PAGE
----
DAMAS'CUS , the most ancient and famous city of Syria, 133 miles north-east of Jerusalem, at the base of Anti-Lebanon mountains. It is on a fertile plain 30 miles in diameter, with mountains on three sides. The plain is well watered by the Barada, the Chrysorrhoas (or "Golden Stream") of the Greeks, the Abana of Scripture; and El A'waj ("the crooked"), the Pharpar of Scripture. 2 Kgs 5:12. These streams flow into meadow-lakes 18 miles east of the city. Damascus lies 2260 feet above the sealevel. The climate is delightful; frost is not uncommon in winter, but fireplaces are unknown; in summer the thermometer marks 100 F to 104 F but the nights are cool and the dews heavy; yet the people sleep on the flat roofs of their houses. Damascus is called by the Arabs "the Eye of the Desert" and the "Pearl of the East." It is to the Mohammedan the earthly reflection of paradise. The chief cause of its beauty and fertility is the abundance of water, which calls forth a most luxuriant vegetation round about the city, and makes it a blooming oasis in the midst of a vast desert. History. -Damascus is called the oldest city in the world; said by Josephus to have been founded by Uz, a grandson of Shem; Abraham visited it, Gen 14:15; Gen 15:2; it was conquered by David, 2 Sam 8:5-6; was allied with Israel and against Israel, 1 Kgs 15:18, Ruth 4:20; 2 Chr 16:3; was taken by Tiglath-pileser; Wall of Damascus.(From, Conybeare and Howson's "St. Paul.") denounced by Jeremiah. Jer 49:27; and afterward seldom noticed in O.T. history. It was surrendered to Alexander the Great after the battle of Issus, b.c. 333. In the N.T. it is noticed as the place of the scene of Paul's conversion, Acts 9:1-25; later it became the residence of a Christian bishop; was conquered by the Arabs, a.d. 635; attacked by the Crusaders, A.D. 1126: several times besieged; was taken by the Mongols, 1260; plundered by the Tartars, 1300; attacked by Timour, 1399, to whom it paid a million pieces of gold; became A provincial capital of the Turkish empire, 1516; and is now the residence of a Turkish governor. It is the hot-bed of Mohammedan fanaticism. In 1860, 6000 Christians were massacred by the Moslems in cold blood, in the city and adjoining districts. Present Condition. -Though twelve times pillaged and burned, it now extends on both sides of the Barada, and has a population of from 110,000 to 150,000. The most remarkable building is the Great Mosque, which was once a Byzantine church dedicated to John the Baptist. The principal street, known as Sultany, or Queen's street, runs in nearly a straight line from east to west, and is supposed to be the same as the street called "Straight" in Acts 9:11. The traditional sites of the houses of Naaman and Ananias and the place in the wall where Paul was let down in a basket are still pointed out. No less than four places near the city have been claimed as the scene of Paul's conversion. The Presbyterian Church of Ireland maintains a Protestant mission there, which has several substantial buildings and labors among the Greeks and the Jews. There is also an Episcopal mission and chapel in Damascus.

damascus in Fausset's Bible Dictionary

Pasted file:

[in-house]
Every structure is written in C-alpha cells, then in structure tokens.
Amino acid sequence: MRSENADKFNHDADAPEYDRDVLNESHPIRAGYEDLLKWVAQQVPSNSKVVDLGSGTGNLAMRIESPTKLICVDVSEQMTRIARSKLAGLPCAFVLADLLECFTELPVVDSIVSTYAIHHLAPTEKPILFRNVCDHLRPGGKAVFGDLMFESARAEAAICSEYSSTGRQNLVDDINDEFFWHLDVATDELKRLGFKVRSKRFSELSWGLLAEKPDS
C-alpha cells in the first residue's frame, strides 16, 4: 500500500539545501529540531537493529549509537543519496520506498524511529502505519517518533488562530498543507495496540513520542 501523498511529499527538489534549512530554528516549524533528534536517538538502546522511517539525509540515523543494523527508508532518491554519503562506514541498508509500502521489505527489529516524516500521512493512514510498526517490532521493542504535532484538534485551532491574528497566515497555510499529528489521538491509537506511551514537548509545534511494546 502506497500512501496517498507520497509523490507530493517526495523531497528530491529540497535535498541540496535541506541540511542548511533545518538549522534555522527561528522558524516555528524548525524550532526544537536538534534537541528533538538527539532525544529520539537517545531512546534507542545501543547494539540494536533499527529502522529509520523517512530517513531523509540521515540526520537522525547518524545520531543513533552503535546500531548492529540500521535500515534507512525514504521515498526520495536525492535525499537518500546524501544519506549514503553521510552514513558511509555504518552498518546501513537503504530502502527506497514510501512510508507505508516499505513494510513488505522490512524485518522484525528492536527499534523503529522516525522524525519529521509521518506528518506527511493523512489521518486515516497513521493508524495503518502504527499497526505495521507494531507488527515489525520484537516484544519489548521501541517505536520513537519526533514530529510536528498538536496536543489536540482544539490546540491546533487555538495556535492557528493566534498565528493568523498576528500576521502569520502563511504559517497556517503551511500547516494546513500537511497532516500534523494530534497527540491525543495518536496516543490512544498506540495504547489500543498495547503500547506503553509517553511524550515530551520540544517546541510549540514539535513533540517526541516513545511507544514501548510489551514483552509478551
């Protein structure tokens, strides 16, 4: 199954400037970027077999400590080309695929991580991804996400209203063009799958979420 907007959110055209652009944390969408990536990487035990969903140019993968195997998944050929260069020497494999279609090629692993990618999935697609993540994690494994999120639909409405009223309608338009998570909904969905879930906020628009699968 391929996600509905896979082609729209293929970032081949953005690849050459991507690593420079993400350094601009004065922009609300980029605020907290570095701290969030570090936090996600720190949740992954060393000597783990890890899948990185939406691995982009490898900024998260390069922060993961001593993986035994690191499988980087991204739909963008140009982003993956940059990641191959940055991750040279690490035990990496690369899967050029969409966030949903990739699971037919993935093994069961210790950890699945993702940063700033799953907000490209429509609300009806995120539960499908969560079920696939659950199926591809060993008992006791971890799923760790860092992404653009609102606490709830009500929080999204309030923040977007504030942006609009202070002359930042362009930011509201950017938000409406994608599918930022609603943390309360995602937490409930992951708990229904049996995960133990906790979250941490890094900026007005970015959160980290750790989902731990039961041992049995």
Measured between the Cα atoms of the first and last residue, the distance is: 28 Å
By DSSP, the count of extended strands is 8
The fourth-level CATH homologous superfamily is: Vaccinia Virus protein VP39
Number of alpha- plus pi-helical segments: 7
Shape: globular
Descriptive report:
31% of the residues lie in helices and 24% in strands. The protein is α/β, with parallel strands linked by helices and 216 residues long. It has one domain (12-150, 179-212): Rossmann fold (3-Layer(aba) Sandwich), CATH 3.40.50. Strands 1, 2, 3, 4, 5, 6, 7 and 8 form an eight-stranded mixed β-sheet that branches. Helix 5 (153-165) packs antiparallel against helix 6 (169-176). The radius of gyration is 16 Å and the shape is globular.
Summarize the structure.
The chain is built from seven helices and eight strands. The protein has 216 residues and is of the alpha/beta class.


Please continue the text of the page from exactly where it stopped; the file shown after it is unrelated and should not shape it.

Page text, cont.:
The most ancient city of Syria, at the foot of the S.E. range of Antilibanus, which rises 1,500 ft. above the plain of Damascus, which is itself 2,200 above the sea. Hence, Damascus enjoys a temperate climate cooled by breezes. The plain is a circle of 30 miles diameter, watered by the Barada (the ABANA of 2 Kings 5), which bursts through a narrow cleft in the mountain into the country beneath, pouring fertility on every side. This strikes the eye the more, as bareness and barrenness characterize all the hills and the plain outside. Fruit of various kinds, especially olive trees, grain and grass abound within the Damascus plain. The Barada flows through Damascus, and thence eastward 15 miles, when it divides and one stream falls into lake el Kiblijeh: another into lake esh-Shurkijeh, on the border of the desert. The wady Helbon on the N. and Awaj on the S. also water the plain. The Awaj is probably the scriptural PHARPAR. First mentioned in Genesis 14:15; Genesis 15:2. Abraham entering Canaan by way of Damascus there obtained Eliezer as his retainer. Josephus makes Damascus to have been founded by Uz, son of Aram, grandson of Shem. The next Scriptural notice of Damascus is 2 Samuel 8:5, when "the Syrians of Damascus succored Hadadezer king of Zobah" against David. David slew 22,000 Syrians, and "put garrisons in Syria of Damascus, and the Syrians became servants to David and brought gifts" (1 Chronicles 18:3-6). Nicholaus of Damascus says Hadad (so he named him) reigned over "all Syria except Phoenicia," and began the war by attacking David, and was defeated in a last engagement at the Euphrates River. His subject Rezon, who escaped when David conquered Zobah, with the help of a band made himself king at Damascus over Syria (1 Kings 11:23-25), and was an adversary to Israel all the days of Solomon. Hadad's family recovered the throne; or else frontBENHADAD I, who helped Baasha against Asa and afterward Asa against Baasha, was grandson of Rezon. He "made himself streets" in Samaria (1 Kings 20:34), so completely was he Israel's master. His son, Benhadad II, who besieged Ahab (1 Kings 20:1), is the Ben-idri of the Assyrian inscriptions. These state that in spite of his having the help of the Phoenicians, Hittites and Hamathites, he was unable to oppose Assyria, which slew 20,000 of his men in just one battle. Hazael, taking advantage of his subjects' disaffection owing to their defeats, murdered Benhadad (2 Kings 8:10-15; 1 Kings 19:15). Hazael was defeated by Assyria in his turn, with great loss, at Antilibanus; but repulsed Ahaziah's and Jehoram's attack on Israel (2 Kings 8:28), ravaged Gilead, the land of Gad, Reuben, and Manasseh (2 Kings 10:32-33); took also Gath, and was only diverted from Jerusalem by Jehoash giving the royal and the temple treasures (2 Kings 12:17-18). (See HAZAEL.) Benhadad his son continued to exercise a lordship over Israel (2 Kings 13:3-7; 2 Kings 13:22) at first; but Joash, Jehoahaz' son, beat him thrice, according to Elisha's dying prophecy (2 Kings 13:14-19), for "the Lord had compassion on His people ... because of His covenant with Abraham, Isaac, and Jacob, neither east He them from His presence us yet" (2 Kings 13:23). Jeroboam II, Joash's son, further "recovered Damascus and Hamath, which belonged to Judah, for Israel ... according to the word of the Lord ... by Jonah the prophet" (2 Kings 14:23-28), 836 B.C. Rezin of Damascus, a century later, in a respite from the Assyrian invasions, allied himself to Pekah of Israel against Judah, with a view to depose Ahaz and set up one designated "the son of Tabeal." (See AHAZ.) The successive invasions of Pul and Tiglath Pileser suggested the thought of combining Syria, Israel, and Judah as a joint power against Assyria. Ahaz' leaning to Assyria made him obnoxious to Syria and Israel. But, as their counsel was contrary to God's counsel that David's royal line should continue until Immanuel, it came to nought (2 Kings 15:19; 2 Kings 15:29; 2 Kings 15:57; 2 Kings 16:5; Isaiah 7:1-6). Elath on the shore of the Red Sea, in Edom, built by Azariah of Judah on territory alleged to be Syrian, was "recovered" by Rezin. Whereupon Ahaz begged Assyria's alliance; and the very policy of Damascus and Israel against Assyria, namely, to absorb Judah, was the very means of causing their own complete absorption by Assyria (2 Kings 16:6-9; 2 Kings 16:17; Isaiah 7:14-25; Isaiah 8:6-10; Isaiah 10:9). The people of Damascus were carried captive to Kir, as Amos (Amos 1:5) foretold, the region from which they originally came, associated with Elam (Isaiah 22:6), probably in Lower Mesopotamia = Kish or Cush, i.e. eastern Ethiopia, the Cissia of Herodotus (G. Rawlinson). Isaiah (Isaiah 17:1) and Amos (Amos 1:4) had prophesied that Damascus should be "taken away from being a city, and should be a ruinous heap," that Jehovah should "send a fire into the house of Hazael, which should devour the palaces of Benhadad"; and Jeremiah (Jeremiah 49:24-25) that "Damascus is waxed feeble .... How is the city of praise not left, the city of my joy!" By the time of the Mede-Persian supremacy Damascus had not only been rebuilt, but was the most famous city in Syria (Strabo, 16:2,19). In Paul's time (2 Corinthians 11:32) it was part of (See ARETAS' (see) kingdom. It is still a city of 150,000 inhabitants, of whom about 130,000 are Mahometans, 15,000 Christians, and about 5,000 Jews. Damascus was the center through which the trade of Tyre passed on its way to Assyria, Palmyra, Babylon, and the East. It supplied "white wool and the wine of Helbon" (in Antilebanon, 10 miles N.W. of Damascus) in return for "the wares of Tyre's making" (Ezekiel 27:18). Its once famous damask and steel were not manufactured until Mahometan times, and are no longer renowned. The street called "Straight" is still there, leading from one gate to the pasha's palace, i.e. from E. to W. a mile long; it was originally divided by Corinthian colonnades into three avenues, of which the remains are still traced (Acts 9:11); called by the natives "the street of bazaars." The traditional localities of Acts 9:3; Acts 9:25; 2 Corinthians 11:33 (Paul's conversion on his way to Damascus, and his subsequent escape in a basket let down from the wall) are more than doubtful. Now es-Sham, "The East." Magnus was its bishop at the council of Nice, A.D. 325. The khalif Omar A.D. 635 took it. It fell into the hands of the Turks, its present masters, under Selim I, A.D. 1516.